The Catcher in the Rye Essay

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This paper proposes to delineate the characteristics of Holden Caulfield, the adolescent protagonist hero of J.D. Salinger’s The Catcher in the Rye and illuminate the reasons as to why this prototype of brooding adolescence, displaying a rather uber-cool style of disaffection, disenchantment and disillusionment became an indispensable figure of interest, in literary circles as well as popular culture. The paper seeks to take issue with the wider dimensions attached to the ‘incapacitation and debilitation’ Holden is often accused of and address Salinger’s vision behind etching Caulfield precisely the way he is. The paper also wishes to foreground the socio-political implications that reverberate within the rubric of the novel, Holden’s…show more content…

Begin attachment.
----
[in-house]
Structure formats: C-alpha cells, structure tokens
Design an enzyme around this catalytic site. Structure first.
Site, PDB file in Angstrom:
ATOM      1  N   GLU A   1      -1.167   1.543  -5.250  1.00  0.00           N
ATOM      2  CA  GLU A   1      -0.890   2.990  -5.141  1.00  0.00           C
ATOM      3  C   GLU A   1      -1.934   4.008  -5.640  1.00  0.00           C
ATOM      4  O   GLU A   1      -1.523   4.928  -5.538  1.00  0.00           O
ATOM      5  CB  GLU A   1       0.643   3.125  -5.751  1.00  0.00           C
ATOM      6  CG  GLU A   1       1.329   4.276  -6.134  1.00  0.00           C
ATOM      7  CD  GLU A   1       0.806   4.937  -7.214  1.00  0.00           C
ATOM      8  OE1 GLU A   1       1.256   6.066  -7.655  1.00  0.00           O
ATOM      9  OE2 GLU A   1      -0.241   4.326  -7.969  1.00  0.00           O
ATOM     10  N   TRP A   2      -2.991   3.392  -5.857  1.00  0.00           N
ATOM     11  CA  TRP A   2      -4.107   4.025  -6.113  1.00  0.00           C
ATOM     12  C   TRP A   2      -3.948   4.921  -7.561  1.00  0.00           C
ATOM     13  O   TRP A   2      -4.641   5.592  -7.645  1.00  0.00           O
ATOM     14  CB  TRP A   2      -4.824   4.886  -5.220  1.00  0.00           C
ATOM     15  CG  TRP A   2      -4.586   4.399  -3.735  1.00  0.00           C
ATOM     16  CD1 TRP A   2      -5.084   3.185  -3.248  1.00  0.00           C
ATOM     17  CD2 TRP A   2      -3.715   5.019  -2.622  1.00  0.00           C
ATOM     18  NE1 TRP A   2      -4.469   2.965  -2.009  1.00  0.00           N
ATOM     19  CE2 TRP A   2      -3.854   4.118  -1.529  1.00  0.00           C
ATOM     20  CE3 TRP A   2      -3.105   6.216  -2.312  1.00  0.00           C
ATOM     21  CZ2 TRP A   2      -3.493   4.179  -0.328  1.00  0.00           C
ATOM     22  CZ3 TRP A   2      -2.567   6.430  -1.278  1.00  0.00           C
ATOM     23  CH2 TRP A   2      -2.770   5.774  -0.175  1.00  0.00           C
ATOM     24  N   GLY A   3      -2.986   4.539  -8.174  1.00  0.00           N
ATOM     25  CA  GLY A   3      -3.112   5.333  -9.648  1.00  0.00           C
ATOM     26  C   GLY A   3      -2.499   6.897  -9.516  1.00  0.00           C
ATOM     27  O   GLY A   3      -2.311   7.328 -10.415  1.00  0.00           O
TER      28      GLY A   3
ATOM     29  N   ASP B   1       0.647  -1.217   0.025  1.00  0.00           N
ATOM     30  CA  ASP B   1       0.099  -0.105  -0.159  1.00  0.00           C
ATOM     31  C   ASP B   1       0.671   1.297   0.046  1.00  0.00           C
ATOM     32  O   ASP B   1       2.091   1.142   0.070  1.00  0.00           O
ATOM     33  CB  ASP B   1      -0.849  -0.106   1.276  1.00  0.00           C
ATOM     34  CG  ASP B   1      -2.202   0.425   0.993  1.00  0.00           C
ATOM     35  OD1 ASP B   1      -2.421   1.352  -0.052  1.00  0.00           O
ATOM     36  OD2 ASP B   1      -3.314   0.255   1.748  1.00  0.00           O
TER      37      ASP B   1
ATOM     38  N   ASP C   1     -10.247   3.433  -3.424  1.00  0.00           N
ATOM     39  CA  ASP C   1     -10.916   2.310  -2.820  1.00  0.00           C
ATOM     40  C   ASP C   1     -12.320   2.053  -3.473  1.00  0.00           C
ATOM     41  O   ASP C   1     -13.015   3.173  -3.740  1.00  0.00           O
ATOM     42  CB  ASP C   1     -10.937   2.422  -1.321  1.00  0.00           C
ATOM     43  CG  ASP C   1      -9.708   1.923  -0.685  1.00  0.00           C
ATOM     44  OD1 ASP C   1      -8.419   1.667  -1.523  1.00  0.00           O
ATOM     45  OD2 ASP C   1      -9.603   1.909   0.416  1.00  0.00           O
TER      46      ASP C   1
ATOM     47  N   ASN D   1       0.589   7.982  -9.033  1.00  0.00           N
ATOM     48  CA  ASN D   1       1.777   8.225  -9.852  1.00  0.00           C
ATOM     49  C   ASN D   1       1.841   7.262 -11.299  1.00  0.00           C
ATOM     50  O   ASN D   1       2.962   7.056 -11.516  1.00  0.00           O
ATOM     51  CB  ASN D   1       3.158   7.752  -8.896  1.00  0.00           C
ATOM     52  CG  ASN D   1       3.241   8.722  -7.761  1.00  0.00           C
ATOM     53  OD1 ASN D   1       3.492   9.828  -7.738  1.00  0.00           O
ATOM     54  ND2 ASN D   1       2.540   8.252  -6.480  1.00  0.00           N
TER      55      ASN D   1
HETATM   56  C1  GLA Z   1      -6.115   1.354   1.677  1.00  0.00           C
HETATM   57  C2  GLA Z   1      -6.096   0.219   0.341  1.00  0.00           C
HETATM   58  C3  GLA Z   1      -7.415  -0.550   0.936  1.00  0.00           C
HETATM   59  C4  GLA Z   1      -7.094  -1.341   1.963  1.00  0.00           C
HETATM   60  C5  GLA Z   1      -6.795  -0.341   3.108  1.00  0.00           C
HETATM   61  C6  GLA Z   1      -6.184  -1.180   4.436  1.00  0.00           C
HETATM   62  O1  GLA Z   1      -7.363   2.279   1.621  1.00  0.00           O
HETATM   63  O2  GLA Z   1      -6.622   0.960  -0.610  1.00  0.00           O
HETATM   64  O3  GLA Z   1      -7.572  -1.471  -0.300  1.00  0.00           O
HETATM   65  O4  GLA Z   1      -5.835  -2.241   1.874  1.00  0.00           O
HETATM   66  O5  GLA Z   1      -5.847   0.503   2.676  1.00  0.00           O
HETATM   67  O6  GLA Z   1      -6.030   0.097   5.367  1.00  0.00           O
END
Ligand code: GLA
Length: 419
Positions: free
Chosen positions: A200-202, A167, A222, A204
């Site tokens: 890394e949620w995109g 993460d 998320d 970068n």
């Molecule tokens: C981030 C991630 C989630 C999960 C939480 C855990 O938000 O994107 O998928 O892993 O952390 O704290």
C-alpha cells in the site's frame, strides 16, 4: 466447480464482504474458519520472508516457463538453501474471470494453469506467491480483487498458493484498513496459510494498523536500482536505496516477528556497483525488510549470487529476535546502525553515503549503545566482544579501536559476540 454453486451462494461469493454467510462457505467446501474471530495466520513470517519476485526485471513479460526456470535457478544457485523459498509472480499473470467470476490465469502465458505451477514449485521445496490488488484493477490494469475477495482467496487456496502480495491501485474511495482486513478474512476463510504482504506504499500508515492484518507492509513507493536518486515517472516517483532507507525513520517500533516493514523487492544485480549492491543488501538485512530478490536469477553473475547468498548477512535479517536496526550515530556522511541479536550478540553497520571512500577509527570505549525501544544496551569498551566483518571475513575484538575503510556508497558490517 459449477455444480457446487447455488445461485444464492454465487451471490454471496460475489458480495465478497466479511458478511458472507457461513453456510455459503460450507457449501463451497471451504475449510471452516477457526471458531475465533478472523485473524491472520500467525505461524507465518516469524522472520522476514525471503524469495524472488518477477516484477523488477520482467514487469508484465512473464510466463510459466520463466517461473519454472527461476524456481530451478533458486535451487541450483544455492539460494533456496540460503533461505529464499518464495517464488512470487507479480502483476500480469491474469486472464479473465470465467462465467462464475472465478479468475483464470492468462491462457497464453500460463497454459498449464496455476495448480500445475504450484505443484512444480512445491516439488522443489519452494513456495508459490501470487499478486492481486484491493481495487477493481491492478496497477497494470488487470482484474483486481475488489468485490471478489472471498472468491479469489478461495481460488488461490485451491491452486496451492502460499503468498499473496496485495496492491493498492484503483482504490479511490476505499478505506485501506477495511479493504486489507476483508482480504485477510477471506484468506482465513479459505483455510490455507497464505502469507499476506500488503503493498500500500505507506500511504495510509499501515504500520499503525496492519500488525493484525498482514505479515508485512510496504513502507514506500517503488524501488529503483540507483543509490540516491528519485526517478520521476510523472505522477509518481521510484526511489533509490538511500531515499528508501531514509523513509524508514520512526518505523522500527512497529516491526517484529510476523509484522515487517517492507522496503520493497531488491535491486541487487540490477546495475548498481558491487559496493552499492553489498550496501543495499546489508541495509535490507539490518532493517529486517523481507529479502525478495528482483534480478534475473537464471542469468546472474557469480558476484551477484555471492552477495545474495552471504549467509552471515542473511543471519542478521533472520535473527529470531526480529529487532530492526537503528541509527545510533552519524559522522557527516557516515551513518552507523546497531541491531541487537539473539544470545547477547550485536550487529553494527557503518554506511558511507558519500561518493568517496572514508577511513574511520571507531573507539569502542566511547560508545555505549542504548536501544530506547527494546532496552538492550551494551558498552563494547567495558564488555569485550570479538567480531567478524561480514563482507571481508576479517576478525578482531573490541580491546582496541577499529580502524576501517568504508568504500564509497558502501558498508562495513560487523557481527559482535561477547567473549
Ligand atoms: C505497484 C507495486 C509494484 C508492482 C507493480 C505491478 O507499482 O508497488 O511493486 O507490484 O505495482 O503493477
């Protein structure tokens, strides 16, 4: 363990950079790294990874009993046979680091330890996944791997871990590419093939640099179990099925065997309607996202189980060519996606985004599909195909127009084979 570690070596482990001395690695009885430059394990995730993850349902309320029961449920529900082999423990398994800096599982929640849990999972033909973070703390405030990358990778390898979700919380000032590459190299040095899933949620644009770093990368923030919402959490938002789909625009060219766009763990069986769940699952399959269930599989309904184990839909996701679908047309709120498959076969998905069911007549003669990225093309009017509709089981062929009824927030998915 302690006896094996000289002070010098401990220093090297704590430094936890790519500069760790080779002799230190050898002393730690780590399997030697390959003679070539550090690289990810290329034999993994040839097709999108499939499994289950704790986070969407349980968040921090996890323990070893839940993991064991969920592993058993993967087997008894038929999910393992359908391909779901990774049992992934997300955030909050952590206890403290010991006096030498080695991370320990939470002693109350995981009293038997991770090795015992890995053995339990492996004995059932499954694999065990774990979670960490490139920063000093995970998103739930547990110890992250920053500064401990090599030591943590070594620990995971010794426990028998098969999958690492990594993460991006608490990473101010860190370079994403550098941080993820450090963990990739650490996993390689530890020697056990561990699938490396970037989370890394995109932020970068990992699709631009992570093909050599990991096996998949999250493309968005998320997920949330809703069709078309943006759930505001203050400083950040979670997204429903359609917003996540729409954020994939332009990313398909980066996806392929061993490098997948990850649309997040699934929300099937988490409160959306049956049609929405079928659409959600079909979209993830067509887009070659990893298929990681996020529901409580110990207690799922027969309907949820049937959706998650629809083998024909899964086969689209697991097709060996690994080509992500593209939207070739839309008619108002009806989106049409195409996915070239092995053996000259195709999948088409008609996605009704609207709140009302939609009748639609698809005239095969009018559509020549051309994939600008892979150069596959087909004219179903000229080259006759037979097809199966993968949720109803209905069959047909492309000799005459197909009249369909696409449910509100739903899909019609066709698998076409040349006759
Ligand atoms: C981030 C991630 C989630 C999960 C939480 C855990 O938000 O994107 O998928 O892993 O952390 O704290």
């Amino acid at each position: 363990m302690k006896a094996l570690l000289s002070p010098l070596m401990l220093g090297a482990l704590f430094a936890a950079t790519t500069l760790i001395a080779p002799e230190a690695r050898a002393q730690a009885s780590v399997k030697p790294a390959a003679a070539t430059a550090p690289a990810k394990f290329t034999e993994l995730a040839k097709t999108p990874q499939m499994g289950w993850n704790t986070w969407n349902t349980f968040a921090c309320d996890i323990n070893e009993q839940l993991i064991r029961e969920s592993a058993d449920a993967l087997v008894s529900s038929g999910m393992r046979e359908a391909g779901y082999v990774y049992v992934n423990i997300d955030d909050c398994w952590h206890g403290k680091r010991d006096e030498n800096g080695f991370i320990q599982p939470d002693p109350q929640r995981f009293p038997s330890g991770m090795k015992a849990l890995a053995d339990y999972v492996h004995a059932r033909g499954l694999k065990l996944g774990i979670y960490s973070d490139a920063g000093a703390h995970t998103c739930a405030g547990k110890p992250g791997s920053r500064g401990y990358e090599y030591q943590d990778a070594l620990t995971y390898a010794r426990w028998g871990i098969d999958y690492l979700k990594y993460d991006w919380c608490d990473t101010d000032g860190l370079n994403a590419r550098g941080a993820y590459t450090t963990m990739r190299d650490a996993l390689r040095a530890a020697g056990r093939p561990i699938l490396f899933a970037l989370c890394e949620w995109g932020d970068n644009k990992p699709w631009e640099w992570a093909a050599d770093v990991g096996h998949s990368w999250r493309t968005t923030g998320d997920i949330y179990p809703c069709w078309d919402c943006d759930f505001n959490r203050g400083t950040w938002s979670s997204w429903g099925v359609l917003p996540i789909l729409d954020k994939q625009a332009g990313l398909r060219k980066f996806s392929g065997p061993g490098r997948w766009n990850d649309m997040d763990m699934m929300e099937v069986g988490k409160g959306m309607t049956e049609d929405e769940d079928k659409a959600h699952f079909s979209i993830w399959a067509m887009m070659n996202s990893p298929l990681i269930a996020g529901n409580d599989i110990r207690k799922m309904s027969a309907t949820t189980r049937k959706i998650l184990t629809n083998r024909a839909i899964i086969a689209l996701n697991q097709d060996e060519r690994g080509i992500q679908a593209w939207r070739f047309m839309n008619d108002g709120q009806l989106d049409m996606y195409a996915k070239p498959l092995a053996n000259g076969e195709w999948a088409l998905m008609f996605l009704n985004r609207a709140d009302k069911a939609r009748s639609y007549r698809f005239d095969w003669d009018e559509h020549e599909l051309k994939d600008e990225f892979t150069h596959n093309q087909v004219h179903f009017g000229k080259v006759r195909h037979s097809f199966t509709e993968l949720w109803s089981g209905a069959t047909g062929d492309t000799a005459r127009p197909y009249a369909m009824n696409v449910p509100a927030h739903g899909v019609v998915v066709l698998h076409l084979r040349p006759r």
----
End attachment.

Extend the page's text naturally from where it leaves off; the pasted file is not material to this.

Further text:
The sales figures of the book evince the case of its popularity. Needless to point out, the immense popularity of The Catcher in the Rye can be attributed to Salinger’s ingenious creation- Holden Caulfield. Holden Caulfield is the primary reason of the novel’s sustained readership. Anyone even remotely familiar with the text can point out that the protagonist who uses ‘crazy’ verbatim and mentions the cognates of that word over fifty times, has been alleged to be a misanthropist, a human “who dislikes everything.” Christopher Parker contends, “Holden likes the only things really worth liking…because he is sincere and he won’t settle for less.” Several critics in the recent past have concurred with Parker’s line of thought. They have dismissed the initial response to the ‘incessant rant of Holden Caulfield” as adolescent babble as a misreading of the text, and instead placed the novel in its rightful place as a text that seriously engages in the exploration of the picaresque, an acute intensity of longing and yearning for the shared tenets of authenticity and innocence. While Holden’s choice of being the ‘catcher in the rye’ clearly depicts his yearning for a bygone era, the innocent experience, his choice is rooted at once in his fate of being both beloved and banned, as is that of his narrative The Catcher in the Rye, in its character of

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